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Guest ThunderRiver

Linux is not necessarily at risk. Up to this point, SCO hasn't provided any sorts of compelling public evidences showning that Linux is truly copying codes off UNIX.. nonetheless, SCO has to worry about Novell bitings its tail over the "copyright" issue.. and with the talk over IBM buying SCO surely will make SCO shuts its mouth once for all in the near future. I am optimistic about Linux..

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greengeek
;) Another optimistic penguin, even if I have to recompile my own kernel and write my own programs I'm staying with Linux whatever happens.
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linuxdude32

Dvorak is a good writer, there is no doubt. But, like all good writers (at least commercially), he's good at making up a story where there really isn't one. The Linux community isn't scoffing at the suit because they're asleep, they're scoffing at because the guys in the know believe SCO doesn't have a leg to stand on.The Open Source Initiative has a position paper on the suit and perhaps Dvorak would do well to read it before blowing steam. And so any of us who cares about this issue. It's here.What's particularly interesting is that SCO seems to lack even a rudimentary understanding of UNIX history, or if they do, then they're deliberately lying in an attempt to extort money from IBM. Dvorak misses that not only is there prior art showing that Unix (and even Linux) did these things before IBM started contributing to Linux, but there was a previous lawsuit by another Unix company in 1992-93 that sued Berkeley Software Distribution and it failed. It was settled out of court without cash exchanging hands after a judge refused to allow an injunction against BSD on the grounds that the Unix company would probably lose. In the end, I think 2-3 lines of codes were proprietary which BSD removed.Regarding keyboards, Dvorak once wrote an article in PC Magazine about the CAPS LOCK key and how it should be removed. What a waste of printing space.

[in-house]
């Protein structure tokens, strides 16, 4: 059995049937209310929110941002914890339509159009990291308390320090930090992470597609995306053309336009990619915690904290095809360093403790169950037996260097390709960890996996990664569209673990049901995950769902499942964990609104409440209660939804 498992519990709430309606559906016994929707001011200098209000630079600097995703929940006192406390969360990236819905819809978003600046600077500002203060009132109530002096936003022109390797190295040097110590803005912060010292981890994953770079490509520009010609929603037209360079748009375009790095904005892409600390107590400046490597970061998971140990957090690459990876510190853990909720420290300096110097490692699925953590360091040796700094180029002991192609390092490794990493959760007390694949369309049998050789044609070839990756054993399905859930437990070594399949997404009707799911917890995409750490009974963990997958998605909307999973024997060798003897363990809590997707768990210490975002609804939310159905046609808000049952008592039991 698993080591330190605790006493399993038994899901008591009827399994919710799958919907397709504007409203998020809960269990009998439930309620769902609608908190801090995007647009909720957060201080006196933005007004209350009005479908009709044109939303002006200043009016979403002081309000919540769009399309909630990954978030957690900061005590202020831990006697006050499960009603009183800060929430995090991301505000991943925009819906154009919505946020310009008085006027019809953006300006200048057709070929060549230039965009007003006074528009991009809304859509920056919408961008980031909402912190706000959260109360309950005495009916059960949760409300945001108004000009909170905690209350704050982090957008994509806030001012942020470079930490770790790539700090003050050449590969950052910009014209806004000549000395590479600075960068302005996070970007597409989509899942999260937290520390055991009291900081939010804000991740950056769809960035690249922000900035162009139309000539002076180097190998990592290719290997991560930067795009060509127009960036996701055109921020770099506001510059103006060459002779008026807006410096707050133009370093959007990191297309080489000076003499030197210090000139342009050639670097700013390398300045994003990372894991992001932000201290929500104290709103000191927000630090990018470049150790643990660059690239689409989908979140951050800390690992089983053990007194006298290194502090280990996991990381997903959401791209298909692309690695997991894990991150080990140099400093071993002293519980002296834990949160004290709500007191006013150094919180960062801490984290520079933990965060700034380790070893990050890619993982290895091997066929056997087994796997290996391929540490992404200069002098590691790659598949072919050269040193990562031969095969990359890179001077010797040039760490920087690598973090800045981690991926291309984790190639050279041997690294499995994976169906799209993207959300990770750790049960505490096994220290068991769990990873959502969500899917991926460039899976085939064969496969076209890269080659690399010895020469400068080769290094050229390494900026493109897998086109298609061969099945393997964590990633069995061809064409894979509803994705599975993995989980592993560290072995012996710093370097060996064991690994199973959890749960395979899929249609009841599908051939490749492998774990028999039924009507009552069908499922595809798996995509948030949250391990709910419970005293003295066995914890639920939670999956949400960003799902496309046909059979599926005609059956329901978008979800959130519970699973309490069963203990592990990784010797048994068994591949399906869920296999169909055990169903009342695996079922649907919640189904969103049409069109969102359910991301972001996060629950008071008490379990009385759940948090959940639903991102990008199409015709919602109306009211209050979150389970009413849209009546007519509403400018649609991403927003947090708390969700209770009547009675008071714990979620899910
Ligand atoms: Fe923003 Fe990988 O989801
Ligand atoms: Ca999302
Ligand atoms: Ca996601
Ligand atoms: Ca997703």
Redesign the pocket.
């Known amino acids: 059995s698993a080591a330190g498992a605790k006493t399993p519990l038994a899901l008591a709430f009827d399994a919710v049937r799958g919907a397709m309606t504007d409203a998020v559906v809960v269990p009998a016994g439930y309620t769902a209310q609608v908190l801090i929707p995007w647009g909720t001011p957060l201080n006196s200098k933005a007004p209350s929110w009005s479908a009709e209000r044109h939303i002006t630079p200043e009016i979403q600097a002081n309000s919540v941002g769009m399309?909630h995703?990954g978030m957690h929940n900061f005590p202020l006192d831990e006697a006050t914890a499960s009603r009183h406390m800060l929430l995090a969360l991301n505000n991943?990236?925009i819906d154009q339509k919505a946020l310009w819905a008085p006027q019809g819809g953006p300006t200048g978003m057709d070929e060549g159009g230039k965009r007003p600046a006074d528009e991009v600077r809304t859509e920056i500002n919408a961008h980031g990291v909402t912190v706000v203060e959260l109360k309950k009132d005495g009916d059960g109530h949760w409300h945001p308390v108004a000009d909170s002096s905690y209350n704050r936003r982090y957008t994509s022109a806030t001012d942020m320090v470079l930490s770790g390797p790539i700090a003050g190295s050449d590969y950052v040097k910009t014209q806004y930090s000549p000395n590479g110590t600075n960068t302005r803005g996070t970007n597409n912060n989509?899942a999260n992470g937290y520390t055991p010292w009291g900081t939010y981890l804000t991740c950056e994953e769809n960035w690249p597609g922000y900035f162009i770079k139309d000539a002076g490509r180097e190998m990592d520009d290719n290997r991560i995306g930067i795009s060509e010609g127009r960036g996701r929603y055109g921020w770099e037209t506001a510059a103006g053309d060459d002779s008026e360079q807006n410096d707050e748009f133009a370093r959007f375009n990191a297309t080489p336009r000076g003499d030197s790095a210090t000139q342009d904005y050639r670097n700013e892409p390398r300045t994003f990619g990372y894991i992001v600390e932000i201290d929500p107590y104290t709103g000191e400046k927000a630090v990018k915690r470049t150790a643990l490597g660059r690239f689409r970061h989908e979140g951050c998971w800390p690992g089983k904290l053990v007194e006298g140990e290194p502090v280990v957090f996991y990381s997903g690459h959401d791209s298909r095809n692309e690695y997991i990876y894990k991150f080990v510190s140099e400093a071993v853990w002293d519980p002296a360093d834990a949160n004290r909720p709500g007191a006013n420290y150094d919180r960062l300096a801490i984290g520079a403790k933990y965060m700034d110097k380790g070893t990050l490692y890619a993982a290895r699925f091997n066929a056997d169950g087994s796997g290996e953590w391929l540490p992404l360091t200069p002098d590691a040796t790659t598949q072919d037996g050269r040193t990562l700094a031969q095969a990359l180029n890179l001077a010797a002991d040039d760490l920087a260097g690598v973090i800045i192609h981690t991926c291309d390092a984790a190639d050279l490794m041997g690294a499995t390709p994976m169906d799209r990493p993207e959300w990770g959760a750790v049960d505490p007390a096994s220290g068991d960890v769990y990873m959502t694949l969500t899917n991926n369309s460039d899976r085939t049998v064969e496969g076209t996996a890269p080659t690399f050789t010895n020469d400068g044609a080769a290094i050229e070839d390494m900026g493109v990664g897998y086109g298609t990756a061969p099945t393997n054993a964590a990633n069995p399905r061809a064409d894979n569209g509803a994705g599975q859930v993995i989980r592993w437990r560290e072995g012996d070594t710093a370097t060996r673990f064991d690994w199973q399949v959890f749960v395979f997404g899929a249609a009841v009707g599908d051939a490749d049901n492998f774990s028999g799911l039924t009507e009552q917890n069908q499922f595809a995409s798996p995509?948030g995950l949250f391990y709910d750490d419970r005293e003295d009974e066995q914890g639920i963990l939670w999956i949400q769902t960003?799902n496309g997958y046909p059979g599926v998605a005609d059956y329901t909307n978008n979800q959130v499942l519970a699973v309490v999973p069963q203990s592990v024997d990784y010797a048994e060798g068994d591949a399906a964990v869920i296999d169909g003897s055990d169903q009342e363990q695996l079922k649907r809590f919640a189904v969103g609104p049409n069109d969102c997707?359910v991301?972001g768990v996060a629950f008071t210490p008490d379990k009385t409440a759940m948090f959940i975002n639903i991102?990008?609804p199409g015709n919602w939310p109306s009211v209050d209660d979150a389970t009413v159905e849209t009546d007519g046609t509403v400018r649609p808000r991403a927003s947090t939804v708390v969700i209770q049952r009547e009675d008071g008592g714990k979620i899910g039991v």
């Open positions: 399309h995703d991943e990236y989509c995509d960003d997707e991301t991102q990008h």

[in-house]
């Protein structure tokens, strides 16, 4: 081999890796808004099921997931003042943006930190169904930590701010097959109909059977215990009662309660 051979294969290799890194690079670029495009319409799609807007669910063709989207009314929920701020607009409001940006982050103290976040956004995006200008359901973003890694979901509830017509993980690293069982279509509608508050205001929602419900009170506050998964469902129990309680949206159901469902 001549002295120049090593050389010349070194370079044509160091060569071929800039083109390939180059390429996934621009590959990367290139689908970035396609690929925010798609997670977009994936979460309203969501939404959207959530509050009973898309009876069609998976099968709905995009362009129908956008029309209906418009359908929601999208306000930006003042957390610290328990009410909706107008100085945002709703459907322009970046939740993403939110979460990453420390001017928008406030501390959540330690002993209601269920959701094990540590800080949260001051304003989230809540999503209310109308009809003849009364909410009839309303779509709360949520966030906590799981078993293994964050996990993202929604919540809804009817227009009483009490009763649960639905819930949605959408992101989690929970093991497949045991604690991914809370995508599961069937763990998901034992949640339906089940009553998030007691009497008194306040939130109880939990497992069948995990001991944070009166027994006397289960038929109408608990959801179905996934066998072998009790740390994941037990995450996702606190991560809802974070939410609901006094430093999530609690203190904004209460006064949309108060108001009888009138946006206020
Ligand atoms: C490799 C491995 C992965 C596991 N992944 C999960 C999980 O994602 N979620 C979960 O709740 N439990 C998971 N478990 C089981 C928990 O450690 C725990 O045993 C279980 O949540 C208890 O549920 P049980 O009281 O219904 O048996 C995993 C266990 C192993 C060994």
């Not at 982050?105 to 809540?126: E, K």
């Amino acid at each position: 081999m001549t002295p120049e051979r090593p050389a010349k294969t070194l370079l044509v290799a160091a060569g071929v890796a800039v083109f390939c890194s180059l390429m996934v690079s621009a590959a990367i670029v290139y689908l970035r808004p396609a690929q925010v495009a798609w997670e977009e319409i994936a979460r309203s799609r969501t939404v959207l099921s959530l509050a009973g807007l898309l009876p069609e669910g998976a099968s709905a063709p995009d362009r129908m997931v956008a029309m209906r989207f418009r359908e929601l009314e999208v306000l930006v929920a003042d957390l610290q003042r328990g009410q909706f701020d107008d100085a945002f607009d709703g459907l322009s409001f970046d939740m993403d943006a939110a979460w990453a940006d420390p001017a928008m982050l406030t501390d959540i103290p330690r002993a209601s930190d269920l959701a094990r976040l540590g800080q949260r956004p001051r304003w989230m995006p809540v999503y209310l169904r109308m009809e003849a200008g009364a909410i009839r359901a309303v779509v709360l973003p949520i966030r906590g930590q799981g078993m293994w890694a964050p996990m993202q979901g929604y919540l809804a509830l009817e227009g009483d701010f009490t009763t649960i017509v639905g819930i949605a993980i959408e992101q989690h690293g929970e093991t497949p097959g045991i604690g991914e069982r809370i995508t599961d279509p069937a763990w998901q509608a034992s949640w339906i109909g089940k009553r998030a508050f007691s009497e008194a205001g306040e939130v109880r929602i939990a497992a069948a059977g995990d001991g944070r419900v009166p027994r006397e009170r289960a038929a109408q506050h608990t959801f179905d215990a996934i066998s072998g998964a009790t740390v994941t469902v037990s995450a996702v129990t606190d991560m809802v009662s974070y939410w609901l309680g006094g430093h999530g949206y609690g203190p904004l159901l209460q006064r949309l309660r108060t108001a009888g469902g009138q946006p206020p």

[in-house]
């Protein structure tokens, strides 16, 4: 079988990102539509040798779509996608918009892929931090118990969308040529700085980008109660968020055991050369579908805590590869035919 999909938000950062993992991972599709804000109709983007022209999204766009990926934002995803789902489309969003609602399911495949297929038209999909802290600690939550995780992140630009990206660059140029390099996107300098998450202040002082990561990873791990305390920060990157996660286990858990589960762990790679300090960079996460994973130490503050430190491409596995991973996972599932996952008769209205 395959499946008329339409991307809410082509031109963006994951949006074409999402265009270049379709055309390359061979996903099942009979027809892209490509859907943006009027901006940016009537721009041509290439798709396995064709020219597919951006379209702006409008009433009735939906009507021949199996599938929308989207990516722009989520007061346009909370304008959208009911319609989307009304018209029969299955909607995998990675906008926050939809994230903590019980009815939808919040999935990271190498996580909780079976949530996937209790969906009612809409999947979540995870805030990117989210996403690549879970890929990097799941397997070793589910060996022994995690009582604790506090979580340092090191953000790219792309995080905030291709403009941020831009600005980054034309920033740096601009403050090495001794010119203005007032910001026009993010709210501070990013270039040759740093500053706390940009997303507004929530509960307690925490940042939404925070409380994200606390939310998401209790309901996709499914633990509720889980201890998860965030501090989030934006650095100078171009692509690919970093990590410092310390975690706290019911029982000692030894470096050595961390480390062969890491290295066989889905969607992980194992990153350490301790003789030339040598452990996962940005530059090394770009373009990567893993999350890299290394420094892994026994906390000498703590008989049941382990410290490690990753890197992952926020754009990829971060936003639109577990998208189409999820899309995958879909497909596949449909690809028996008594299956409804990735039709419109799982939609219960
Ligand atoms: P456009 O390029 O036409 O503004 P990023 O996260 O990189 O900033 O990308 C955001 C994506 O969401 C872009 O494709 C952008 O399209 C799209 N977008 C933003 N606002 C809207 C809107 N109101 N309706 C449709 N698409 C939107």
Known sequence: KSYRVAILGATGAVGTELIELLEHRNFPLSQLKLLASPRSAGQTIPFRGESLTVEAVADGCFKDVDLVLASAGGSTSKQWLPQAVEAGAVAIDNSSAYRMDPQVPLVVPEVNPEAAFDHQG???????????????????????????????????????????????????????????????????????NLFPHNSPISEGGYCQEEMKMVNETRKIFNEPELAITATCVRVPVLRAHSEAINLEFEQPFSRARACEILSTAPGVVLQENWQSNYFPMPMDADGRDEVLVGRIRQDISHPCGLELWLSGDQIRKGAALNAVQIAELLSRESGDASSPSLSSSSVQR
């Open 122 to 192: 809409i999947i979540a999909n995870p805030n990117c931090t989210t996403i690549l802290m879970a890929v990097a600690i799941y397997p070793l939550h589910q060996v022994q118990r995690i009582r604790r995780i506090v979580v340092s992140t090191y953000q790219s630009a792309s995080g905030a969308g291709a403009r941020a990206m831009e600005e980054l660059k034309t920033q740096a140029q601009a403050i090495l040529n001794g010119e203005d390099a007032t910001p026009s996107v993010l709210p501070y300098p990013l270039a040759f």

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jbredmound